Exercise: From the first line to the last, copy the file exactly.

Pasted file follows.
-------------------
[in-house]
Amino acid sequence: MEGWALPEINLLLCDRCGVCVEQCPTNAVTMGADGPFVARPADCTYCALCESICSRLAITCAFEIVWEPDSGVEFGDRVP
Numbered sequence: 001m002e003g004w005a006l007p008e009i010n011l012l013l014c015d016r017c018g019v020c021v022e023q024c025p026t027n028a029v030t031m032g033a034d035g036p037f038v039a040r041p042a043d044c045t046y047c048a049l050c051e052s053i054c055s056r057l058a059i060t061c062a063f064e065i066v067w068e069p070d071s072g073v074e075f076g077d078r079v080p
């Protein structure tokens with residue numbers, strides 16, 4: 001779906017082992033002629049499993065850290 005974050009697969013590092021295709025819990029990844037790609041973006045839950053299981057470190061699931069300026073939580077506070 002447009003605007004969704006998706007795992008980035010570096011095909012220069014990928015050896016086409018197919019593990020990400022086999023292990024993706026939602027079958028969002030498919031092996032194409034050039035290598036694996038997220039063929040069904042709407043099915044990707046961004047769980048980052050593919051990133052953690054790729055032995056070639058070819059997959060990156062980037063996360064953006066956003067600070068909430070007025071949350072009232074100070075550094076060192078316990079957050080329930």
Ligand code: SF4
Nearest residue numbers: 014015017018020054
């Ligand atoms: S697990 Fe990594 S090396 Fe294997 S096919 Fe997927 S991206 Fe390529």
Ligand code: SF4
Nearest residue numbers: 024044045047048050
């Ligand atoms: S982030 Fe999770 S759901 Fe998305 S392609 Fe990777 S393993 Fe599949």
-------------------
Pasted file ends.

[in-house]
Amino acid sequence: MEGWALPEINLLLCDRCGVCVEQCPTNAVTMGADGPFVARPADCTYCALCESICSRLAITCAFEIVWEPDSGVEFGDRVP
Numbered sequence: 001m002e003g004w005a006l007p008e009i010n011l012l013l014c015d016r017c018g019v020c021v022e023q024c025p026t027n028a029v030t031m032g033a034d035g036p037f038v039a040r041p042a043d044c045t046y047c048a049l050c051e052s053i054c055s056r057l058a059i060t061c062a063f064e065i066v067w068e069p070d071s072g073v074e075f076g077d078r079v080p
């Protein structure tokens with residue numbers, strides 16, 4: 001779906017082992033002629049499993065850290 005974050009697969013590092021295709025819990029990844037790609041973006045839950053299981057470190061699931069300026073939580077506070 002447009003605007004969704006998706007795992008980035010570096011095909012220069014990928015050896016086409018197919019593990020990400022086999023292990024993706026939602027079958028969002030498919031092996032194409034050039035290598036694996038997220039063929040069904042709407043099915044990707046961004047769980048980052050593919051990133052953690054790729055032995056070639058070819059997959060990156062980037063996360064953006066956003067600070068909430070007025071949350072009232074100070075550094076060192078316990079957050080329930």
Ligand code: SF4
Nearest residue numbers: 014015017018020054
């Ligand atoms: S697990 Fe990594 S090396 Fe294997 S096919 Fe997927 S991206 Fe390529």
Ligand code: SF4
Nearest residue numbers: 024044045047048050
């Ligand atoms: S982030 Fe999770 S759901 Fe998305 S392609 Fe990777 S393993 Fe599949």